Lubricating your motorcycle seems like a straightforward task, but everyone has their preferred method. You may use conventional solutions, while another rider uses synthetics.
Bike lubrication is not one-size-fits all. There’s a range of oils are available, but riders have to be careful about solutions that may negatively affect the bike’s overall performance.
Start with the Basics
For modern-day bikes, oil has many essential functions, including:
- Reducing friction and wear between moving parts
- Working as a coolant
- Gathering debris to deposit into the oil filter
- Identifying and neutralizing acids and moisture created through combustion
- Protecting against oxidation
Oil has evolved with bike design. Earlier models did not circulate oil; it passed through the engine and was eventually discharged onto the ground. Today, engines recirculate the oil and need filtration systems to catch and remove any dirt and buildup.
In this setup, the detergents essentially suspend the foreign particles until they’re captured by the filter. Unless you’re riding a vintage model, your bike has a filter and will need a detergent oil.
With these points in mind, run synthetic oil through your bike that has additive in the final formulation to improve corrosion resistance. This solution:
- Offers better oxidative stability, or resistance to chemical breakdown
- Resists heat better
- Keeps its viscosity without thinning out, yet offers a dependable pour point
If you are unsure, it’s always a good idea to use the oil recommended in the owner’s manual. More advanced riders should look out for consistency between API, ILSAC and JASCO classification and viscosity.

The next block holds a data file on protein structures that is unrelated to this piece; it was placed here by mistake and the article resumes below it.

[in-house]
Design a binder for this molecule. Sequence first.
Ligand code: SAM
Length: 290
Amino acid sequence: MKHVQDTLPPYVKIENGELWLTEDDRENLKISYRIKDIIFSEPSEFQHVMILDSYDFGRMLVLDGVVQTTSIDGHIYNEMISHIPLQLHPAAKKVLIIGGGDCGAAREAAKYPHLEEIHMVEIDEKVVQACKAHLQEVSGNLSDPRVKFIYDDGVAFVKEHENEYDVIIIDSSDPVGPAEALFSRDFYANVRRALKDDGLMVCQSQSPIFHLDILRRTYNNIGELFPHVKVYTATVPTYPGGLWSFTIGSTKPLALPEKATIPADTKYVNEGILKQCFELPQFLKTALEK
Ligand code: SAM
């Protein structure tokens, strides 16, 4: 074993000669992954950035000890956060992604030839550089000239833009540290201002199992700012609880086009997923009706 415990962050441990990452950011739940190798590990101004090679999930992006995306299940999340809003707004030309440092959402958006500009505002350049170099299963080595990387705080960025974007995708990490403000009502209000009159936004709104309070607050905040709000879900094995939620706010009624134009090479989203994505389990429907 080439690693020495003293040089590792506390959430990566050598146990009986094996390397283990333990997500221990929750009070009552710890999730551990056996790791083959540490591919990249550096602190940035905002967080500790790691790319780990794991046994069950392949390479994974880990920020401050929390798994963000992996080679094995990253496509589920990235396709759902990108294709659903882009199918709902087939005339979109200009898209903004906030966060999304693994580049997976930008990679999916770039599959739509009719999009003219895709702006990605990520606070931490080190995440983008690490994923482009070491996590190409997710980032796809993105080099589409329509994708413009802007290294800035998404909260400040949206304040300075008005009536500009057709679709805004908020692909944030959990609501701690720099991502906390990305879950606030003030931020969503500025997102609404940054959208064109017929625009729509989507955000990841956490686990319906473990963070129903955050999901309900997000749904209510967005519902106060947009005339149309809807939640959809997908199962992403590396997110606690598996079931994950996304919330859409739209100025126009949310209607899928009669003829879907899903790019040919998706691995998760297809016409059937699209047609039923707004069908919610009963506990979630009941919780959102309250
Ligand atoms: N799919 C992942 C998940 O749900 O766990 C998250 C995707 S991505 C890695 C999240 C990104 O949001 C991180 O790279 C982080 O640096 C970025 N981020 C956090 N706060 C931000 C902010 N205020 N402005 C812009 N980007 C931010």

Viscosity describes the oil’s thickness and resistance to pouring in certain temperatures. The wrong oil can stress engine parts, transmission gears and destroy the oil’s molecules through heat. Consistency thins out, failing to deliver the lubrication and protection your parts need.
Viscosity also plays a role in how your bike’s engine cools itself. Between air- and liquid-cooled motorcycles, air-cooled exposes the oil to a wider range of operating temperatures and internal engine part clearances, which eventually impact its quality. To accommodate this variance, an air-cooled bike will have different viscosity requirements than a liquid-cooled model.
Conventional or Synthetic
Synthetics have been growing in popularity, due to the oil’s ability to improve gas mileage and overall bike performance for those who rack up miles.
Synthetic oils cause bikes to run an average of 15 percent cooler! They come in three types:
- Class III, based on petroleum, is basically a mineral oil
- Class IV is created in a laboratory
- A combo – called semi-synthetic – blends Class III and IV
All synthetics contain additives that improve your engine’s resistance to wear, tear, oxidation and heat, offering better long-term lubrication. Ultimately, these aspects prevent it from breaking down sooner compared to conventional solutions.
On the other hand, the smaller molecules have a greater chance of passing through cracks and seals, so you can identify leaks sooner. Synthetics typically cost more than conventional oil but for the mileage you get, that extra expense evens out.
By nature, conventional oil has more impurities compared to its synthetic counterparts, and thus oxidizes and loses viscosity sooner. To keep your bike in good condition, you might change the oil more often but if you don’t log a significant number of miles, conventional can be an affordable and effective option.
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